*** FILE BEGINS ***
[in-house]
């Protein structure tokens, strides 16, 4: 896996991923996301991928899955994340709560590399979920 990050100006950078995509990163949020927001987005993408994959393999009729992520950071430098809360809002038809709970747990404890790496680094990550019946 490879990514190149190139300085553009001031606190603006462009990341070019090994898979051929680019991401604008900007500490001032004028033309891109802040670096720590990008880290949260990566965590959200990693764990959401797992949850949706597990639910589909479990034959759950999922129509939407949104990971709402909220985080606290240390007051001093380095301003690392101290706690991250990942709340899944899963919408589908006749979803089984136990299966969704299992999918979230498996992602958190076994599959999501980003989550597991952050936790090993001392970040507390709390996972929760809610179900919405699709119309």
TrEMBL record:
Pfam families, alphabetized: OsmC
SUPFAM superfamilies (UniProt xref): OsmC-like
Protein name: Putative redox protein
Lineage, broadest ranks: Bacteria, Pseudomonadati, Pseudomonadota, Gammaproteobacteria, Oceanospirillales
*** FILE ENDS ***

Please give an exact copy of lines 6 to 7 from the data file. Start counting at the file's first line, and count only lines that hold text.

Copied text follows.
Protein name: Putative redox protein
Lineage, broadest ranks: Bacteria, Pseudomonadati, Pseudomonadota, Gammaproteobacteria, Oceanospirillales